SACRAMENTO, Calif. — Gov. Gavin Newsom, Attorney General Xavier Becerra and the president of the University of California have responded to the Trump administration expanding the definition of public charge to also include using public assistance programs.
The old public charge definition was an immigrant who primarily lived off of government for subsistence such as Supplemental Security Income (SSI).
The new public charge change will tie an immigrant's legal status to whether or not they have received government assistance for more than 12 months, according to a press release from the U.S. Department of Homeland Security.
Some of the government assistance that would prevent someone from obtaining citizenship are Medicaid, the Supplemental Nutrition Assistance Program (SNAP) and Section 8 housing.
"For over a century, the public charge ground of inadmissibility has been part of our nation's immigration laws," said the U.S. Department of Homeland Security Acting Director Ken Cuccinelli in a statement. "President Trump has delivered on his promise to the American people to enforce long-standing immigration law by defining the public charge inadmissibility ground that has been on the books for years."
Newsom said the state is actively reviewing the details to determine next steps. He also said immigrant families should seek qualified legal advice to see if the new rules will affect them.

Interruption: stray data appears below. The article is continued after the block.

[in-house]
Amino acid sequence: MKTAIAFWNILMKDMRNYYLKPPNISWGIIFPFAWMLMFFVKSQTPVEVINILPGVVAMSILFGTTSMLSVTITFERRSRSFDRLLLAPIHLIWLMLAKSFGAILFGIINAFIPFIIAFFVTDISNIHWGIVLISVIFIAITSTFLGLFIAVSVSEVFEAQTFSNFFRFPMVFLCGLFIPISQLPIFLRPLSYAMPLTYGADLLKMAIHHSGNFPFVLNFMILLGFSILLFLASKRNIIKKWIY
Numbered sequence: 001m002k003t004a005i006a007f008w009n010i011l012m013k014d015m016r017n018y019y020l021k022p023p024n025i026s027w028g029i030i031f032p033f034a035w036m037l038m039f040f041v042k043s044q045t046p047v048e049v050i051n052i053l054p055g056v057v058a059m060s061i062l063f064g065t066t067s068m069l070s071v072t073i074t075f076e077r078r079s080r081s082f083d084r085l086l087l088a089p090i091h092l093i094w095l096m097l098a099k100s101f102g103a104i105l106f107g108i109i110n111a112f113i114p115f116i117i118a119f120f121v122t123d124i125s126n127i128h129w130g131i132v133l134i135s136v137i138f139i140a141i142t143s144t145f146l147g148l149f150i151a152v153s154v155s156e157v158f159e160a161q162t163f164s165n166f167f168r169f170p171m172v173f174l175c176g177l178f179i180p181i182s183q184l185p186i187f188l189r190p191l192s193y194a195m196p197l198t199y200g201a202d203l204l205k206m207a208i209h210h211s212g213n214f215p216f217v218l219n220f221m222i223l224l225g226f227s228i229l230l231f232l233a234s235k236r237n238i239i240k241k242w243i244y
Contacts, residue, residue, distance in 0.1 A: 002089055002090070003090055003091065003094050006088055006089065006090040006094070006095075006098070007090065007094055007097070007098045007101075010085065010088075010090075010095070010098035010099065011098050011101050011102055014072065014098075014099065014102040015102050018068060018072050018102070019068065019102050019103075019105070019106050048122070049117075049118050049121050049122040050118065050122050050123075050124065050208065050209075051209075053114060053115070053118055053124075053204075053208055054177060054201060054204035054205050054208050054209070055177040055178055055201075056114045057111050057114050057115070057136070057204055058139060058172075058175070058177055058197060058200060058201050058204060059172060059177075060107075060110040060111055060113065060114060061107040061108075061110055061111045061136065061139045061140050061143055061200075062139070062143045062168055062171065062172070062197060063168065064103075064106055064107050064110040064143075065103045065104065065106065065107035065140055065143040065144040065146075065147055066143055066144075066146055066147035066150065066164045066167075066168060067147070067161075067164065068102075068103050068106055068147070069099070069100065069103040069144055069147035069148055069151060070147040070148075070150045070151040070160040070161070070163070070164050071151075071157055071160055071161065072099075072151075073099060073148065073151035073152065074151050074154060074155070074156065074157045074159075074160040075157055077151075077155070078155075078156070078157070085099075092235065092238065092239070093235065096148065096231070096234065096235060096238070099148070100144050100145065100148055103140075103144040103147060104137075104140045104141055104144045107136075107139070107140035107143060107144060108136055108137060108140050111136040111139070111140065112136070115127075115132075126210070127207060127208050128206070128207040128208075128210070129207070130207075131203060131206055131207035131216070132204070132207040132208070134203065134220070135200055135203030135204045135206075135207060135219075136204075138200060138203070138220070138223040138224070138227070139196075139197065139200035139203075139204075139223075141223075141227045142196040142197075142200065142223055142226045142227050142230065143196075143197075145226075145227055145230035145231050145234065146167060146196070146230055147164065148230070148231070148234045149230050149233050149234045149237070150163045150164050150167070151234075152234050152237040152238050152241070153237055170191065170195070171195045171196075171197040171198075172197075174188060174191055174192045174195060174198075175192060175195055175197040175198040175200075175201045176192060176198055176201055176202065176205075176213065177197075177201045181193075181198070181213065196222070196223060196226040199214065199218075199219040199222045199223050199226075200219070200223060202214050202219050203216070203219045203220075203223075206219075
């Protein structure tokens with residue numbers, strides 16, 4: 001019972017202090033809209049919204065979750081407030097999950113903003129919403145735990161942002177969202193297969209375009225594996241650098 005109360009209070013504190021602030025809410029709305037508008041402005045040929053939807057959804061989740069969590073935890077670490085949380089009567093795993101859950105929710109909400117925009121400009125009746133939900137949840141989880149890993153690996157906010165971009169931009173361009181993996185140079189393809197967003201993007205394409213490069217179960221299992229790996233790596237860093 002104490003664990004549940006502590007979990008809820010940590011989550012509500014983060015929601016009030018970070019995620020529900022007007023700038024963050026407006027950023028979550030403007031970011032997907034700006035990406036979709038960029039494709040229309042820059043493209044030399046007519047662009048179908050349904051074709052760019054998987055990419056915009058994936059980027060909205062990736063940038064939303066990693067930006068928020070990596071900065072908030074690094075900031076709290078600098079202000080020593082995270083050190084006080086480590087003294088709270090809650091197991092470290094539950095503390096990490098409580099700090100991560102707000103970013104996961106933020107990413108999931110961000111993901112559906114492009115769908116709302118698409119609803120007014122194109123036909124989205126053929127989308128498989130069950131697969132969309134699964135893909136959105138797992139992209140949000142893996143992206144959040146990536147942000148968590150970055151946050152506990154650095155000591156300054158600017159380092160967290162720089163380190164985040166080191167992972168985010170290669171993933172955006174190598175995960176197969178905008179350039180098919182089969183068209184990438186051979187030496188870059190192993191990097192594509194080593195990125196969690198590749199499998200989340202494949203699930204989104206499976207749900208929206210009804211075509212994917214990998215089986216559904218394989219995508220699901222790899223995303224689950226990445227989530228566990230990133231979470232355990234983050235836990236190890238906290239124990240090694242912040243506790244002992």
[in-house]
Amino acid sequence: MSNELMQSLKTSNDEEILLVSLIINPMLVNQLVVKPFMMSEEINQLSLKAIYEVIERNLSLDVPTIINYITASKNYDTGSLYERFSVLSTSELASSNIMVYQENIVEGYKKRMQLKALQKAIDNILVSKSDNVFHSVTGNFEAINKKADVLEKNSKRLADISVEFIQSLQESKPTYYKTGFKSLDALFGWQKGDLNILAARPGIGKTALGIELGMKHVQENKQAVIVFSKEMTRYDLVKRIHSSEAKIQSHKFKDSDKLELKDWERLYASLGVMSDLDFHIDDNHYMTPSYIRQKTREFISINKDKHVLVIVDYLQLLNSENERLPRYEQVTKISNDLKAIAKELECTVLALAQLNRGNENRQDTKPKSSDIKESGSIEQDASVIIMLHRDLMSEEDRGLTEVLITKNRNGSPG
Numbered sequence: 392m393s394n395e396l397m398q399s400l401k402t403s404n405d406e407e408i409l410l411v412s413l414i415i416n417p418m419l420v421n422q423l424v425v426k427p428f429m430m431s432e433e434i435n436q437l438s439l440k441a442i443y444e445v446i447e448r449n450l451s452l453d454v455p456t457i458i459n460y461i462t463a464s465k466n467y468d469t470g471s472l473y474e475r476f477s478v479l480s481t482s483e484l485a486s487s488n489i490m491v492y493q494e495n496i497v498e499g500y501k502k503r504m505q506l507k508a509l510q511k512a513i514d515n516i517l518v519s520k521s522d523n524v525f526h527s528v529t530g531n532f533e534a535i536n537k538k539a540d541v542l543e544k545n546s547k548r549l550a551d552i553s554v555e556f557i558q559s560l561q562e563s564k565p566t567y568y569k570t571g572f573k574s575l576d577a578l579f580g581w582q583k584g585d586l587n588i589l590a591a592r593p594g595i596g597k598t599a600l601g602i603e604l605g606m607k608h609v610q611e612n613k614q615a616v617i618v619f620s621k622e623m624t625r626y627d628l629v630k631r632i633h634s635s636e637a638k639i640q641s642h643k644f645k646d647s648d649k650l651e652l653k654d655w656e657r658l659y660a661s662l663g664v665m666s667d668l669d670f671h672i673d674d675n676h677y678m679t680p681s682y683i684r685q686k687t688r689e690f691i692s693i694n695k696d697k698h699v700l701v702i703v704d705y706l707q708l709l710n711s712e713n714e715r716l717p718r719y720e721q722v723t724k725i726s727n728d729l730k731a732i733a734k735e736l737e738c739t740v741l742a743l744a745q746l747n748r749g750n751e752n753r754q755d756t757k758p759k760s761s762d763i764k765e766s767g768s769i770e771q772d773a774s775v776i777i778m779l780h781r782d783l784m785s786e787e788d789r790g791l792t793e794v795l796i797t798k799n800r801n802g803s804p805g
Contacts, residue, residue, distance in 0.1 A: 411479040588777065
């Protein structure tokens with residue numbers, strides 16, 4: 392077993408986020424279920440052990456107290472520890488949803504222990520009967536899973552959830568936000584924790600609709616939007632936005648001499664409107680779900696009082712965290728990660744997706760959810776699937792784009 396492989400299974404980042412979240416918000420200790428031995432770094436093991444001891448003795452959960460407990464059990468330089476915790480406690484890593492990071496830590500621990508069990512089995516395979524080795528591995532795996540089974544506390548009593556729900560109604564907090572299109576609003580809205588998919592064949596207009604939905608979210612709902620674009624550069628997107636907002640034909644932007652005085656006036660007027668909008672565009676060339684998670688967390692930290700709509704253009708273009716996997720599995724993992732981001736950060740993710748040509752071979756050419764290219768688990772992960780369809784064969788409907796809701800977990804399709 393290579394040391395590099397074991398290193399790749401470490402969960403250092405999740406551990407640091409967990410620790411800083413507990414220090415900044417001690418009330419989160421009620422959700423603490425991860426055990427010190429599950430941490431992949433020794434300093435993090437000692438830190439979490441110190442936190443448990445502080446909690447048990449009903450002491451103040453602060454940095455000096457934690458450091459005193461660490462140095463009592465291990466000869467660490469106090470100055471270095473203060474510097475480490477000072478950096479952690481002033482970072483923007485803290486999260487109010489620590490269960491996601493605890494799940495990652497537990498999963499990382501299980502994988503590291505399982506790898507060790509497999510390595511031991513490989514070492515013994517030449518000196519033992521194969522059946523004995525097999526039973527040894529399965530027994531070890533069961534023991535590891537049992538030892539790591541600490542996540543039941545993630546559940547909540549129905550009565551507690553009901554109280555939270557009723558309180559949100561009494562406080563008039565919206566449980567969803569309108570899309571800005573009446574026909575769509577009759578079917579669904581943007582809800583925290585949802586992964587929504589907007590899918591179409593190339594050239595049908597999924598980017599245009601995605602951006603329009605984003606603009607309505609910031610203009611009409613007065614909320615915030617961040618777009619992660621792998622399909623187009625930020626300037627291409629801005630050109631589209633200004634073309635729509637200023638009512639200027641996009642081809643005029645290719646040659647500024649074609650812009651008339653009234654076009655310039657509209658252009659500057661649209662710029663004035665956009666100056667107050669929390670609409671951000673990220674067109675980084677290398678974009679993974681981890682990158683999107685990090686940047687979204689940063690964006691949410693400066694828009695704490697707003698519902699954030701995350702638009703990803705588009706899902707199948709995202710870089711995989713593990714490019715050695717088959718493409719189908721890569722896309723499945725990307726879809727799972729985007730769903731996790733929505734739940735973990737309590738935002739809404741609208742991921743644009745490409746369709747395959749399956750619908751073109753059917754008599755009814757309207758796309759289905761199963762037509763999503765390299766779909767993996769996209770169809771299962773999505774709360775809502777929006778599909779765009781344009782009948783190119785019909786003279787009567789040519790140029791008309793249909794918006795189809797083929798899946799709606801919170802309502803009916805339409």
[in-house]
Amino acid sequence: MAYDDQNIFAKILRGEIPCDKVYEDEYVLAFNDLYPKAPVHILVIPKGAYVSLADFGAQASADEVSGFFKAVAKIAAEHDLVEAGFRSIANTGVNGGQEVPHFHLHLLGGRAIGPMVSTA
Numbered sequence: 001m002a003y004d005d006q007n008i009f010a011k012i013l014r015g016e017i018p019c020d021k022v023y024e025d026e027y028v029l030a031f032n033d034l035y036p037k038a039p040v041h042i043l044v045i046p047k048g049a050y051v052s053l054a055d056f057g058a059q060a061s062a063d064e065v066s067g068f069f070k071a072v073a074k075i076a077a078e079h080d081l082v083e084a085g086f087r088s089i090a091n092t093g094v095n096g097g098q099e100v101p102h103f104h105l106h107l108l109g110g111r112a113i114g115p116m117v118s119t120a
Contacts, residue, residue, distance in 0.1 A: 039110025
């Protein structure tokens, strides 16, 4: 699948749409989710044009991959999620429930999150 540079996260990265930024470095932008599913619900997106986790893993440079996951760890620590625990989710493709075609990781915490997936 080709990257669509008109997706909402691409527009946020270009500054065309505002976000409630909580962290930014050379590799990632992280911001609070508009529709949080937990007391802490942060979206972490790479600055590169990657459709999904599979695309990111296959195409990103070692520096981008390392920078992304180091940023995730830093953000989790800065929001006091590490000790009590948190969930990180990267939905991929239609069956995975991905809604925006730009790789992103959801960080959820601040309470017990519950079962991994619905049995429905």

"This is a reckless policy that targets the health and well-being of immigrant families and communities of color, with widespread implications for our state's health care, housing and affordability," Newsom said in a press release.
Becerra also describes the new rule change as "the latest attack on families and lower-income communities of color."
Becerra said the new rule would weaponize essential health care, housing and nutrition programs. He said California is ready to take legal action.
University of California President Janet Napolitano also weighed in on the expanded definition of public charge. She said it sends a message that "the United States does not want other countries to send their best and brightest here to study and add to the intellectual exchange at our universities, to conduct important research, and to contribute substantially to our economy, among other things."
Napolitano said the rule also means UC students and other California residents may be reluctant to seek assistance. She said this might include preventative health care, housing opportunities and nutrition education and benefits.
Napolitano also said it raises questions of why the Trump Administration wants this rule change.
The new rule will go into effect Oct.15.
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